Forecasters: Good Chance That Clouds Will Hide Eclipse

The total solar eclipse as seen from Guernsey Wyoming. REUTERS  Rick Wilking

It will enter near Lincoln City, Oregon, at 1:16 p.m. EDT, moving diagonally across the heartland and then exiting near Charleston, South Carolina, at 2:47 p.m. EDT.

From Earth, the moon will appear to be the same size as the sun. The moon hasn't thrown this much shade at the US since 1918.

Dubbed as the Great American Eclipse, the spectacular moment will see the Sun, the Moon and the Earth become perfectly aligned in a once-in-a-lifetime celestial spectacle seen from the Pacific Ocean to the Atlantic Ocean.

Follow all the action live below. However, there are many ways to safely view an eclipse of the sun including direct viewing - which requires some type of filtering device and indirect viewing where you project an image of the sun onto a screen. And many of those viewers will want to know how to watch the solar eclipse without special glasses.

There are a lot of words you could use to describe our modern world, but "peaceful" is not one of them.

VIDEO Millions expected to watch.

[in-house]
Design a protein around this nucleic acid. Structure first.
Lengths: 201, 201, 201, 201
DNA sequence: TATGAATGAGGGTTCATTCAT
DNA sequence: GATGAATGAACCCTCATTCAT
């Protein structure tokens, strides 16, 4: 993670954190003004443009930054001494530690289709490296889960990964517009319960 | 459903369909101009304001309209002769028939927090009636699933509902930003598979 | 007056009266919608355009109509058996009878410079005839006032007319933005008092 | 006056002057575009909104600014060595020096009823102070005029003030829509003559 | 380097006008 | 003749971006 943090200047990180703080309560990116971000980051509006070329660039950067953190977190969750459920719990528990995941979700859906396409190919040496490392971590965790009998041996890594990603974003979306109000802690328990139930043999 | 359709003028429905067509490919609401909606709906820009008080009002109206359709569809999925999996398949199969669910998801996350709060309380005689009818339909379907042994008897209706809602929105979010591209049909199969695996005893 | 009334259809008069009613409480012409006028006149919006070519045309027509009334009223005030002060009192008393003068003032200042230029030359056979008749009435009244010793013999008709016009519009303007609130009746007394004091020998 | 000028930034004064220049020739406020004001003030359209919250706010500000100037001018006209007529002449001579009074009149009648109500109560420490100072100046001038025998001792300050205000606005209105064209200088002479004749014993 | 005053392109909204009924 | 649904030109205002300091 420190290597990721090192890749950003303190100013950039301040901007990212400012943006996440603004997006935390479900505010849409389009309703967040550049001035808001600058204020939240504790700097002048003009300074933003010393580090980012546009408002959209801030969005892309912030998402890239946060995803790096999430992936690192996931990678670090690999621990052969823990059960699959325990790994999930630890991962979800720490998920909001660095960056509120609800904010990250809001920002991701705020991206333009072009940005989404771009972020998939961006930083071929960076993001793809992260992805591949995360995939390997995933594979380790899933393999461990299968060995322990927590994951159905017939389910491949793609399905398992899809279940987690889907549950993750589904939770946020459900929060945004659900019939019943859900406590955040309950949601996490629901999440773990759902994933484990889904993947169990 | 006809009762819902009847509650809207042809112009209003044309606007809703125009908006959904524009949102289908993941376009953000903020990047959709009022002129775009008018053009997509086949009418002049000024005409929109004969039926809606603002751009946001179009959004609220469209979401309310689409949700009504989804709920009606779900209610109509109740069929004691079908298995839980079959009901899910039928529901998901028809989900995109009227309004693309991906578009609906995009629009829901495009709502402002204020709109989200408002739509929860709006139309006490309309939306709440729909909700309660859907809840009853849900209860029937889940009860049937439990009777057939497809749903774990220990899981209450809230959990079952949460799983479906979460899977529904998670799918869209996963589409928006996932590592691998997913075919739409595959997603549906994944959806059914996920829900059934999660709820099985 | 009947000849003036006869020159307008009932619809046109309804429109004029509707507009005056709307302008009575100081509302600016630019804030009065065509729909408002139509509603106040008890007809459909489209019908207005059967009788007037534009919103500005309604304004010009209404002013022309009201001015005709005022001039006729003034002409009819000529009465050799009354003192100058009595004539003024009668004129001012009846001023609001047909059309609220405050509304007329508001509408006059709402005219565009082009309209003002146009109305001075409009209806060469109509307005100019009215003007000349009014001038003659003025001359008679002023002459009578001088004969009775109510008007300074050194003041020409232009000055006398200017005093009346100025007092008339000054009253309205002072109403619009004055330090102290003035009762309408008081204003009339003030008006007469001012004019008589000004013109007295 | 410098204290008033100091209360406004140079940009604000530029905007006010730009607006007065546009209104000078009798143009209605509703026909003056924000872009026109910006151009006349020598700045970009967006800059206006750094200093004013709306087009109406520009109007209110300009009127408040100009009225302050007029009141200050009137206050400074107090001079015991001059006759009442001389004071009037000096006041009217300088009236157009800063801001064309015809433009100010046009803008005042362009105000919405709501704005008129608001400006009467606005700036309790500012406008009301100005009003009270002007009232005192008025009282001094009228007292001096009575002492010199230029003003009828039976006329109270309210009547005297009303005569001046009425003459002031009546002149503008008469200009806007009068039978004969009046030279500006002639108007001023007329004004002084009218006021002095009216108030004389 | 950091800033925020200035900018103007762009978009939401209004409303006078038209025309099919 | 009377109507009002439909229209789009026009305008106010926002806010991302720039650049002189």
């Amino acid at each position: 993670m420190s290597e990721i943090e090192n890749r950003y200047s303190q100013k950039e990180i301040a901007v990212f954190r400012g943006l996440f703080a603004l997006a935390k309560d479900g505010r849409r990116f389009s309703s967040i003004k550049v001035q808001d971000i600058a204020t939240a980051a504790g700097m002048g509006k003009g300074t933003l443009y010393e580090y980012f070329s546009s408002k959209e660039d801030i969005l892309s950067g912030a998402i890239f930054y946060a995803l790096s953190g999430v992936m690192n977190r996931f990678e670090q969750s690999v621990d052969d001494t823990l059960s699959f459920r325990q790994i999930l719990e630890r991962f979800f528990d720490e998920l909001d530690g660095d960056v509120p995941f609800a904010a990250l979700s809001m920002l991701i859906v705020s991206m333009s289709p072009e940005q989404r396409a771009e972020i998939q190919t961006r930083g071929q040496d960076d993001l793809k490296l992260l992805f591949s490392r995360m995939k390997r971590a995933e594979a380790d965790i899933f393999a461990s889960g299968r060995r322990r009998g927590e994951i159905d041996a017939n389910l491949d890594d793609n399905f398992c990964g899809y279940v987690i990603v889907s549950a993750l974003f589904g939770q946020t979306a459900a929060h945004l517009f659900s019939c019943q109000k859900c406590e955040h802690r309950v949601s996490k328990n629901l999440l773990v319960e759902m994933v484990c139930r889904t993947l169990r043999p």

A solar eclipse at Palm Cove in Australia's Tropical North Queensland on 14 November 2012.

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Titans head coach Mike Mularkey said he "rerouted the schedule so we're out here together to see it".

Even if you're lucky enough to be in this so-called path of totality, darkness will last no more than a few minutes. Even those who aren't in the path of the complete eclipse will experience a partial eclipse. But why is that?!

And don't forget to tune into CBBC at 4:20pm, when Martin will be speaking to our reporter Nada who is over in the U.S. getting ready for the big moment.

Don't forget to look around and see all the differences happening as the sky darkens and the temperature drops.

The eclipse can be seen from anywhere in the USA, but the total solar eclipse can only be observed through a specific band crossing from coast to coast.

The Salisbury Scouts have gone to Yellowstone National Park in Wyoming. That was the country's last coast-to-coast total eclipse.

On Aug. 21st, 2017, the United States will witness a solar eclipse.

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